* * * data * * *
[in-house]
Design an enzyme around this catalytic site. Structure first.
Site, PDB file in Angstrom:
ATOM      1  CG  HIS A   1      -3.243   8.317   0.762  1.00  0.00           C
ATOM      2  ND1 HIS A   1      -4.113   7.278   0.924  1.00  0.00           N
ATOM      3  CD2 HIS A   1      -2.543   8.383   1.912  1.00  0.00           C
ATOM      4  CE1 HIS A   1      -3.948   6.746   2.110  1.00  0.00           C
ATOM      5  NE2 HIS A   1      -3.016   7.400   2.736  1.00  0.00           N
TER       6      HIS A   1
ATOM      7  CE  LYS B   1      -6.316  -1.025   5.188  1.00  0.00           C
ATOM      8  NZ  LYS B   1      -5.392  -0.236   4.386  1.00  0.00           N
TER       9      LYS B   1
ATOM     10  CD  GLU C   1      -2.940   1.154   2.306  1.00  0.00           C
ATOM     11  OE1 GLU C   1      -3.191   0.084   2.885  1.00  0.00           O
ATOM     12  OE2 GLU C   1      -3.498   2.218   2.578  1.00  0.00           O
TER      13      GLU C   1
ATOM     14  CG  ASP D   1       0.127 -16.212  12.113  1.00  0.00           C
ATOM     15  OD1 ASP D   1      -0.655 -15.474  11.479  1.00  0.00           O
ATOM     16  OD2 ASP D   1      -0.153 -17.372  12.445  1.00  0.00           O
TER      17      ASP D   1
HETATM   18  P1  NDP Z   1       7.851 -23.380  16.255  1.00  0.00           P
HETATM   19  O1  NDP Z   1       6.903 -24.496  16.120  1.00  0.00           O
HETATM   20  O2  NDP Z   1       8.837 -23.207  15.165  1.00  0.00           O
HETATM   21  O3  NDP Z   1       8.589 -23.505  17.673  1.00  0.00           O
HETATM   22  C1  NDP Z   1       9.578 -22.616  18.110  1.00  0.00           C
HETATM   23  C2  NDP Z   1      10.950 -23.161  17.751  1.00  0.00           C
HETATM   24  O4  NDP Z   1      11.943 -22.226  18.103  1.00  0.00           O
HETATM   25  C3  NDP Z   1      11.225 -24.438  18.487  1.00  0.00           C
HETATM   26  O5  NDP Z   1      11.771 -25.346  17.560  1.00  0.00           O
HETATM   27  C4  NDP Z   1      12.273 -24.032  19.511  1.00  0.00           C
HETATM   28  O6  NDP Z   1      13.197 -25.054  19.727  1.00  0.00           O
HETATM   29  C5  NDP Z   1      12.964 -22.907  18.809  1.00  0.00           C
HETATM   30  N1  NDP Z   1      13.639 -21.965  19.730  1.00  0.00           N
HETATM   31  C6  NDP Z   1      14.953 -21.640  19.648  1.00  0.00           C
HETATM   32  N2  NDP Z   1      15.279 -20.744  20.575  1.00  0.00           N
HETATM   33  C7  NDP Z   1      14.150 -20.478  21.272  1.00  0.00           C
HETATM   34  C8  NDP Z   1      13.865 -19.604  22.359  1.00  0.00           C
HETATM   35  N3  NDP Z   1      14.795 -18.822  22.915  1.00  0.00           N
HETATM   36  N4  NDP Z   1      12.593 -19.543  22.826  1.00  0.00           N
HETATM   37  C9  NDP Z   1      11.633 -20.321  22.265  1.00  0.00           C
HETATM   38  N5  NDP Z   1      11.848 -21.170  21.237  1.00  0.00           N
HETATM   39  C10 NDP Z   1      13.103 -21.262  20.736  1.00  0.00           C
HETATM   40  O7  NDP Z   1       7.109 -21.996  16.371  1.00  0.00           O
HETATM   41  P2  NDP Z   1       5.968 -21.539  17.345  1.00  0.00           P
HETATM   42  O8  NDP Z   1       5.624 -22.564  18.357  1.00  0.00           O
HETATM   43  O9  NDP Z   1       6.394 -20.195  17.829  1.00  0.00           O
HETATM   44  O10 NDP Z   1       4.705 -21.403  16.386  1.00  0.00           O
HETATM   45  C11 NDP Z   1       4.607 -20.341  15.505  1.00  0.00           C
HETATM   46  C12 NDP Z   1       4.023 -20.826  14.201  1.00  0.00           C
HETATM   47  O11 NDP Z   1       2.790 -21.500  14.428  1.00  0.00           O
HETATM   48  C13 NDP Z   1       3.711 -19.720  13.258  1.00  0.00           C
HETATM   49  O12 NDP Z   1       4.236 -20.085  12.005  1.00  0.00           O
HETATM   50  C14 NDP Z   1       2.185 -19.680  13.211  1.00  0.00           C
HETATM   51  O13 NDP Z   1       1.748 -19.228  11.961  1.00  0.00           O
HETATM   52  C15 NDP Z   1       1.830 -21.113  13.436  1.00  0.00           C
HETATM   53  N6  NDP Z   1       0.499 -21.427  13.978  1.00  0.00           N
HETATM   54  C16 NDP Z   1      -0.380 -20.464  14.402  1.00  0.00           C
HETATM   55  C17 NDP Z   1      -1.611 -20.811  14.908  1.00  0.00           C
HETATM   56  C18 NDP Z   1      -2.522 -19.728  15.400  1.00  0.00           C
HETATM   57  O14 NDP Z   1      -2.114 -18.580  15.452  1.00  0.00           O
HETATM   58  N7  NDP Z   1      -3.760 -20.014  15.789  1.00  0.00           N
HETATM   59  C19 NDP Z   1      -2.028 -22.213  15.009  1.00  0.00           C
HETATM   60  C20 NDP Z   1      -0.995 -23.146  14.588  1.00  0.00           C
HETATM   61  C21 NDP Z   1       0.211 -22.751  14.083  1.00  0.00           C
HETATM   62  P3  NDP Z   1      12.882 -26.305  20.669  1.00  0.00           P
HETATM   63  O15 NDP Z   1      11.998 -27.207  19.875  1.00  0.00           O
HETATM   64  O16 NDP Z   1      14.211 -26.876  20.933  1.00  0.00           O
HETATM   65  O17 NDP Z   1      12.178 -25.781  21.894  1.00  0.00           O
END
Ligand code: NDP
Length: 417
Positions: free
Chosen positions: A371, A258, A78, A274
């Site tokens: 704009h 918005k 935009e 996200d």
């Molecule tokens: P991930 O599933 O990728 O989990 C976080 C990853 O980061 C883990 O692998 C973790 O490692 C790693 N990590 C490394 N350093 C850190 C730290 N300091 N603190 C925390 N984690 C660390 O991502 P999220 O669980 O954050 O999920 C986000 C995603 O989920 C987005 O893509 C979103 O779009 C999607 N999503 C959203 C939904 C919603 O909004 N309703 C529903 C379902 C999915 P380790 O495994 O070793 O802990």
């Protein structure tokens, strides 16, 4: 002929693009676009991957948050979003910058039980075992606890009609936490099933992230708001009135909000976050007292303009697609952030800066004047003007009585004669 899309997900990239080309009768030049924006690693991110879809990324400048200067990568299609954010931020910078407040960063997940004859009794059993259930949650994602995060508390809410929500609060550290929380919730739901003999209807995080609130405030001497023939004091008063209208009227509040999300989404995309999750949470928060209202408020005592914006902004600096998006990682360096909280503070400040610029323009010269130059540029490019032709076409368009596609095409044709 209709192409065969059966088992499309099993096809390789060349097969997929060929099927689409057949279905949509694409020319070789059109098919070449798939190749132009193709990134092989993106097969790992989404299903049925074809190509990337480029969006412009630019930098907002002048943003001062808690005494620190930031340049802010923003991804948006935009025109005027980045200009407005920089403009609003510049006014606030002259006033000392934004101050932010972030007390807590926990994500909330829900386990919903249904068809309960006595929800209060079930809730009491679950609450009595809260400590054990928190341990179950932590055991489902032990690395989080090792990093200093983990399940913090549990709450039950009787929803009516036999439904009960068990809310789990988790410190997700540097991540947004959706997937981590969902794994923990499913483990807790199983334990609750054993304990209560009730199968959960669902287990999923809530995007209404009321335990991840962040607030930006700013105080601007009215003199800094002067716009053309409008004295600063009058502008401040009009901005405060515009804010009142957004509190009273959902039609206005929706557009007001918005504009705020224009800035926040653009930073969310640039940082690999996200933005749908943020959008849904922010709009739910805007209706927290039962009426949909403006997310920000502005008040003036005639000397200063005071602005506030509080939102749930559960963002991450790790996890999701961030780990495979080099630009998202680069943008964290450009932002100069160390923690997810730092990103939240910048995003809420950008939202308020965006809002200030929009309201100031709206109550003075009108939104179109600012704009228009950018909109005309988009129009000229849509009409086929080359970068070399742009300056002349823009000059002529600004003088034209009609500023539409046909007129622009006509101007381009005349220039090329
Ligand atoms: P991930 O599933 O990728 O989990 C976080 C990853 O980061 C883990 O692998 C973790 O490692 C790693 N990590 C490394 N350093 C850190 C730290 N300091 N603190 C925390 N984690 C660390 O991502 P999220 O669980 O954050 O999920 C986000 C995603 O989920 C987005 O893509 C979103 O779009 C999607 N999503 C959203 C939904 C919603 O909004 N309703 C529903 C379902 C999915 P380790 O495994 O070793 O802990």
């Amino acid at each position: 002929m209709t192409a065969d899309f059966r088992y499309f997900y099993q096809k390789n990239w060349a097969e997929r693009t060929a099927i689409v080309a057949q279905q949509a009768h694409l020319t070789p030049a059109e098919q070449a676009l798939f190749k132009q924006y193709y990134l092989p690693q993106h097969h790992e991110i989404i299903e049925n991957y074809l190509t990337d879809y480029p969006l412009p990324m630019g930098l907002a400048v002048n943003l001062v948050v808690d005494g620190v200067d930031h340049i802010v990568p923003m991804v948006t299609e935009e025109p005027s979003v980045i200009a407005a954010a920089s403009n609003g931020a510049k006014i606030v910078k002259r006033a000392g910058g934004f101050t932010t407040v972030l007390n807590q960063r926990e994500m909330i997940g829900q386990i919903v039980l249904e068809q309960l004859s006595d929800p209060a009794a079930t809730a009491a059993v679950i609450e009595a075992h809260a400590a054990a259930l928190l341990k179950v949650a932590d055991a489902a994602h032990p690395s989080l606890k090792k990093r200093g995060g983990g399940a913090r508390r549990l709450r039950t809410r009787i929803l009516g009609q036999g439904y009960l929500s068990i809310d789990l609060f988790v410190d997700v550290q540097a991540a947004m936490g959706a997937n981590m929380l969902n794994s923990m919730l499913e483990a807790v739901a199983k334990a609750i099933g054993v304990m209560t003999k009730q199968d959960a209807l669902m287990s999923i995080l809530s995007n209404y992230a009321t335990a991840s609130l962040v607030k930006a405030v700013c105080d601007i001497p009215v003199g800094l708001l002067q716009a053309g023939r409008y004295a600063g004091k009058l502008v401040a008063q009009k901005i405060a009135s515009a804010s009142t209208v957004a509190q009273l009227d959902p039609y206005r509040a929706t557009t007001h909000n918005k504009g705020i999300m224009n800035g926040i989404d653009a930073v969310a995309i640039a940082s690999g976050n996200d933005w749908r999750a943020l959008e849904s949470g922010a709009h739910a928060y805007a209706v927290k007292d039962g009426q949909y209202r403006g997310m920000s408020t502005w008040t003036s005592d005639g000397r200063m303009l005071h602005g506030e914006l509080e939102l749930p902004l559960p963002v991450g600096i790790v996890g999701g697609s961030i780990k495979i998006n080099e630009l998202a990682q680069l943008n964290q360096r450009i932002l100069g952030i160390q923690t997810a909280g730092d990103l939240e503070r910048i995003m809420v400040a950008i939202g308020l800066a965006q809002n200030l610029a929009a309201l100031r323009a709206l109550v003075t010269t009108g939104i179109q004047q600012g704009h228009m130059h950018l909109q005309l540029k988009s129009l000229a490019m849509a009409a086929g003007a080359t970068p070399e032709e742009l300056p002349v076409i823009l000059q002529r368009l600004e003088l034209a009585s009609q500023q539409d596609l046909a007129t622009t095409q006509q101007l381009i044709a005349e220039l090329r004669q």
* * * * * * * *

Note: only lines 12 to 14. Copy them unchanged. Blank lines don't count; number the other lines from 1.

TER       9      LYS B   1
ATOM     10  CD  GLU C   1      -2.940   1.154   2.306  1.00  0.00           C
ATOM     11  OE1 GLU C   1      -3.191   0.084   2.885  1.00  0.00           O